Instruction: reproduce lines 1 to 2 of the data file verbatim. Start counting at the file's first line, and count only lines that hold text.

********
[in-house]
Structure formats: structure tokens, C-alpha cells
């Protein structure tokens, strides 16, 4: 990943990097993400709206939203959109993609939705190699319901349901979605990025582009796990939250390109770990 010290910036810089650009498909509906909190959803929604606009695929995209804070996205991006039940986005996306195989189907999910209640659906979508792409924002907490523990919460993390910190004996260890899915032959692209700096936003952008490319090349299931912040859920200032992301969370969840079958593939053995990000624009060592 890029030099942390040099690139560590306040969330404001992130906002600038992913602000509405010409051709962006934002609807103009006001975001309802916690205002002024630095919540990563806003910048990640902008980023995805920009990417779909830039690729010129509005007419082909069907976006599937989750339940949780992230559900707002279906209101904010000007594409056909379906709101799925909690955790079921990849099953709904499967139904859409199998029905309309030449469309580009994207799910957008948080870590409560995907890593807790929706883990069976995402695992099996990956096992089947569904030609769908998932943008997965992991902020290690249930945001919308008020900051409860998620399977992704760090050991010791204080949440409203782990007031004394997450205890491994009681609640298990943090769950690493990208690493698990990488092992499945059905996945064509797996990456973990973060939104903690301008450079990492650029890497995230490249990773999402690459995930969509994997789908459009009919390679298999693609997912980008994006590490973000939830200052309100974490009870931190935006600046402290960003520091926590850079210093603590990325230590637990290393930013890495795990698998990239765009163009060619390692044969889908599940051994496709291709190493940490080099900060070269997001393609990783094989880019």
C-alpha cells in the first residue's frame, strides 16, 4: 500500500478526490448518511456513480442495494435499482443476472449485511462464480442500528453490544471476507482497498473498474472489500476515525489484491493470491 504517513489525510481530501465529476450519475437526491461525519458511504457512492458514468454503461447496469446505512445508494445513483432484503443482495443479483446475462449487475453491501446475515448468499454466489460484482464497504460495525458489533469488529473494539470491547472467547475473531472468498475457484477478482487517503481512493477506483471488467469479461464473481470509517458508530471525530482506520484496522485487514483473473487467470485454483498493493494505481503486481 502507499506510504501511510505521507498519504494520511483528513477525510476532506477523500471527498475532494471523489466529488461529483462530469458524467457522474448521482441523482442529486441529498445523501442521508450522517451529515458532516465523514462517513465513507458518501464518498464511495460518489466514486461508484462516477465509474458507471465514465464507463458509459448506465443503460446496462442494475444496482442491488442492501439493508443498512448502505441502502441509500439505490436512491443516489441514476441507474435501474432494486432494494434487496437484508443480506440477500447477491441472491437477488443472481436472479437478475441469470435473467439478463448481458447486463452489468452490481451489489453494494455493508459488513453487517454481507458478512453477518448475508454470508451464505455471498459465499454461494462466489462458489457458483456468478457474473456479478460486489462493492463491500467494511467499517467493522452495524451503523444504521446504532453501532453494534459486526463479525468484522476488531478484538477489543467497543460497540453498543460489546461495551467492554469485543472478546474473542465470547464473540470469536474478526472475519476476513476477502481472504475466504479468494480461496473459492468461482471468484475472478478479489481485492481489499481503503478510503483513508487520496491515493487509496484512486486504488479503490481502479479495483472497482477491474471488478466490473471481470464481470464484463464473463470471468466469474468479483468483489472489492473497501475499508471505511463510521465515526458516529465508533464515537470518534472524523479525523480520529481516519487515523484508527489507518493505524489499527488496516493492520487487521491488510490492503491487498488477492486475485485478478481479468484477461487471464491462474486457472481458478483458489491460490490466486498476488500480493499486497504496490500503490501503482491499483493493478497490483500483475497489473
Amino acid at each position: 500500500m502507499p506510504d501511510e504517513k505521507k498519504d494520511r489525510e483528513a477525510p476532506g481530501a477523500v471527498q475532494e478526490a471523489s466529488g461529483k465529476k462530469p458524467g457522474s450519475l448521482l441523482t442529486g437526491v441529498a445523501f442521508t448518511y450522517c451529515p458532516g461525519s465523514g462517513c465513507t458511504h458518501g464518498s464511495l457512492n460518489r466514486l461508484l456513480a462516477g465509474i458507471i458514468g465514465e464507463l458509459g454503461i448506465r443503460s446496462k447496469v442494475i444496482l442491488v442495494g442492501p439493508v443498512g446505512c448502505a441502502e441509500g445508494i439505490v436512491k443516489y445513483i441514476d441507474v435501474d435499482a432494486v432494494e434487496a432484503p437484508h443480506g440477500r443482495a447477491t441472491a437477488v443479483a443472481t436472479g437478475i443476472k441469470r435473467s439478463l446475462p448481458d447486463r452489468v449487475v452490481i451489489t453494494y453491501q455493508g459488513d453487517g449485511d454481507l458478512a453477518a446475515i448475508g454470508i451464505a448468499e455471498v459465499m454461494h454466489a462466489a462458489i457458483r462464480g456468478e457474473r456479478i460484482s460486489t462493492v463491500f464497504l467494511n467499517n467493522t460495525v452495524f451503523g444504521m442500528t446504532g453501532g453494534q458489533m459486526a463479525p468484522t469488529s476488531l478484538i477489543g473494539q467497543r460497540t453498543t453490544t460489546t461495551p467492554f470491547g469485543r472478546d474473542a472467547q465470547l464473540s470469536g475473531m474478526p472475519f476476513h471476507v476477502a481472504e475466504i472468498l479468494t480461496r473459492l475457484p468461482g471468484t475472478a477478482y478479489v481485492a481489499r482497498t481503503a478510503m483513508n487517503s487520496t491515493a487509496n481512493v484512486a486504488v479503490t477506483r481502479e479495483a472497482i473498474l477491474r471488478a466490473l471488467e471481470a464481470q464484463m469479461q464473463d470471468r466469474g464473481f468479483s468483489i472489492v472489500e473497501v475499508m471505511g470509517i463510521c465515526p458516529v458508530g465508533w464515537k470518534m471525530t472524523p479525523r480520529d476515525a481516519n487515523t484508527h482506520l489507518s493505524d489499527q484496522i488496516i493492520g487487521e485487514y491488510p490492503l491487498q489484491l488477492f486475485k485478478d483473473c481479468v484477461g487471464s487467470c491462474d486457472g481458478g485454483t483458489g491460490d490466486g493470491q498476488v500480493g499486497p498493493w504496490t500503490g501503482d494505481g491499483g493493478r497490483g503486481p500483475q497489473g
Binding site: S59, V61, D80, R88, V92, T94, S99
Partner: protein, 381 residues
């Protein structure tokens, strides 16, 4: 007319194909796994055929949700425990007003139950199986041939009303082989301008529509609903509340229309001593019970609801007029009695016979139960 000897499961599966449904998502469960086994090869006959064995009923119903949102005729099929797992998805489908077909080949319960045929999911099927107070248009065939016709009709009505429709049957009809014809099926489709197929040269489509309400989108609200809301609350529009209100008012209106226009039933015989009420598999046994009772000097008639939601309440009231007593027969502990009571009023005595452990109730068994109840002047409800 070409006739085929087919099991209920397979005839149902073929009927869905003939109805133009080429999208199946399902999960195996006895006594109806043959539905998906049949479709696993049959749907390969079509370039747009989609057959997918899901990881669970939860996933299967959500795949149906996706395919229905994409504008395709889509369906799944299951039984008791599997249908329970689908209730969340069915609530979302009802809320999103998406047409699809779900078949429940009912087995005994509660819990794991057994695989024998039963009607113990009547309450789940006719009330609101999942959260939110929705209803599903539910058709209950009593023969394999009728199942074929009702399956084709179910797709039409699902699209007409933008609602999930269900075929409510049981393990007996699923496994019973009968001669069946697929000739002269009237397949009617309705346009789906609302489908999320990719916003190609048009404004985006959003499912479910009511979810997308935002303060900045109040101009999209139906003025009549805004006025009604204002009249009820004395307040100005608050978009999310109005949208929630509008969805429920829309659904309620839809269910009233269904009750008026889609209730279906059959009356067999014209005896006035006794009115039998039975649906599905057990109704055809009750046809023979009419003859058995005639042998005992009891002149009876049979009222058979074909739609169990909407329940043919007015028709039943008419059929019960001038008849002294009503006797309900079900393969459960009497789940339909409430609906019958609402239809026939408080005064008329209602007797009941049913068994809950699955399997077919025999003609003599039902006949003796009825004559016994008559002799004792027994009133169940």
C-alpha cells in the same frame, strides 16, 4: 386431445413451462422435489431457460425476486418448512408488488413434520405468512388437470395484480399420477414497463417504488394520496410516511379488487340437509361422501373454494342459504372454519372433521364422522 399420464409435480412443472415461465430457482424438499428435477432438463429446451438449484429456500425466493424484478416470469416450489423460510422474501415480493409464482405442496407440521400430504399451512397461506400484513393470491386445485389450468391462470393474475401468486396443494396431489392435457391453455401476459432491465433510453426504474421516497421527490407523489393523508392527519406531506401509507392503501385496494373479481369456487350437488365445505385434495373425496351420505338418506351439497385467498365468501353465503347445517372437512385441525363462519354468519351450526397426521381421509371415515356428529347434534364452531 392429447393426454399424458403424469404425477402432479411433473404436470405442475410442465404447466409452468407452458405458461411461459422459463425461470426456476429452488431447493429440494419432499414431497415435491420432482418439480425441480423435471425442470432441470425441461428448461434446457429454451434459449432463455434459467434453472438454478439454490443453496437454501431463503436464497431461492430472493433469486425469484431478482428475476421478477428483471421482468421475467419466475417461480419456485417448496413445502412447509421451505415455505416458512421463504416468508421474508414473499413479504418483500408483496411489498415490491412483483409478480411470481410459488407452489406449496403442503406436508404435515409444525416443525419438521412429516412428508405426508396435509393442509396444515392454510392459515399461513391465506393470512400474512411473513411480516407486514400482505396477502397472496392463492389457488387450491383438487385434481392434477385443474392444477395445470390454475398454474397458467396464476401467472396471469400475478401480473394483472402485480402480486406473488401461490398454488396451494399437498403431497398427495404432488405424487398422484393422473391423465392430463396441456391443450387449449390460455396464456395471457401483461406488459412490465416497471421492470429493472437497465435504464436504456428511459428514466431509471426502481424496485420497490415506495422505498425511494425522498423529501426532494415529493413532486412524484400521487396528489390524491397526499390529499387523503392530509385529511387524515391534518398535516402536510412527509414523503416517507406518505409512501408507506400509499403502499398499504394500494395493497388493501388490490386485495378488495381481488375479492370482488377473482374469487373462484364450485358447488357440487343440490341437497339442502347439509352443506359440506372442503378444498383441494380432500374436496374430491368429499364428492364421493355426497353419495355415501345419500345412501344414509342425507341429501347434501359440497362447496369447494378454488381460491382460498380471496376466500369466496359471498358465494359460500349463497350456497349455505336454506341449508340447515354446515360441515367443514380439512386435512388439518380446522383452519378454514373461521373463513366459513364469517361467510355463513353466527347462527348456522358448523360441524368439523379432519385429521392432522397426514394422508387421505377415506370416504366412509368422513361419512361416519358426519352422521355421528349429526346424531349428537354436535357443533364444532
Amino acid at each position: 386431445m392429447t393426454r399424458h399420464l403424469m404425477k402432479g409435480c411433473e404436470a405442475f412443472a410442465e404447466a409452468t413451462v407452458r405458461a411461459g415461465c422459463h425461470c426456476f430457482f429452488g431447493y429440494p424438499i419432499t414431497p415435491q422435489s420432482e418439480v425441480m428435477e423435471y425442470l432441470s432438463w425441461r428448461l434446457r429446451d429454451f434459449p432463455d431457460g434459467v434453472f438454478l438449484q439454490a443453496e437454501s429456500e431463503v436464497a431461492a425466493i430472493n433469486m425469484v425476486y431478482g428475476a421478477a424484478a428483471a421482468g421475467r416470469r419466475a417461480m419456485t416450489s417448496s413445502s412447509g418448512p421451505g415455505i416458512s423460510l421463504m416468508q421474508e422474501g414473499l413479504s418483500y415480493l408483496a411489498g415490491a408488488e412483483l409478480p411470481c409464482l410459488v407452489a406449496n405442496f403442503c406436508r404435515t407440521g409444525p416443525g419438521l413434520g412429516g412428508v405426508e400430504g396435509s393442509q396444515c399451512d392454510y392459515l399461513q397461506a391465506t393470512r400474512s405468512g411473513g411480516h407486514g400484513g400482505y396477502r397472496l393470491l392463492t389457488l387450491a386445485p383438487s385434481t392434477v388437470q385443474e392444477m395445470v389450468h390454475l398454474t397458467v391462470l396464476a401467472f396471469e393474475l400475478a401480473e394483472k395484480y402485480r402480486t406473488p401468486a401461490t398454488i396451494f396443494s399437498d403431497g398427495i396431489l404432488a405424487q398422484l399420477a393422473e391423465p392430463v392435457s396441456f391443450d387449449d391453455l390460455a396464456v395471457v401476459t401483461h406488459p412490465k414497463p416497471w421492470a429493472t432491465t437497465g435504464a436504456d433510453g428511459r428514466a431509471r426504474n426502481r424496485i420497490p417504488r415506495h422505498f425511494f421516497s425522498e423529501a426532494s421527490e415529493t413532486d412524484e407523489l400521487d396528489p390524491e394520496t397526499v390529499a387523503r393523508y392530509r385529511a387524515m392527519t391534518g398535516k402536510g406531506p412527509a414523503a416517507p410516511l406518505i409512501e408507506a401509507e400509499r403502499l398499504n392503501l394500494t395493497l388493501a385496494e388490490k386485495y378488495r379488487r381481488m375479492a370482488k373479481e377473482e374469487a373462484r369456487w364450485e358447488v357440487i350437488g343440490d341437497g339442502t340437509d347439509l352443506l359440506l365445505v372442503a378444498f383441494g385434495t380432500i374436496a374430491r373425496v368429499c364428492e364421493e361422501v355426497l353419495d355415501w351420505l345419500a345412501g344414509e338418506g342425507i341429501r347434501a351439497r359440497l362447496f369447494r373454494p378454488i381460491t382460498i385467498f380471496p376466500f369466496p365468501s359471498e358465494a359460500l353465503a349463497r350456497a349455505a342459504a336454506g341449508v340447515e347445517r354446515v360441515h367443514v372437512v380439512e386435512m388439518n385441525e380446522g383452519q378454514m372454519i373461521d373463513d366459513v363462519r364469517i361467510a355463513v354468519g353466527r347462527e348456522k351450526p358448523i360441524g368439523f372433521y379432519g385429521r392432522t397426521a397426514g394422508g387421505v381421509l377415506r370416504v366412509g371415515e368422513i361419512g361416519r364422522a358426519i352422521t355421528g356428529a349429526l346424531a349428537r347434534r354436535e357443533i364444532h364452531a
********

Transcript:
[in-house]
Structure formats: structure tokens, C-alpha cells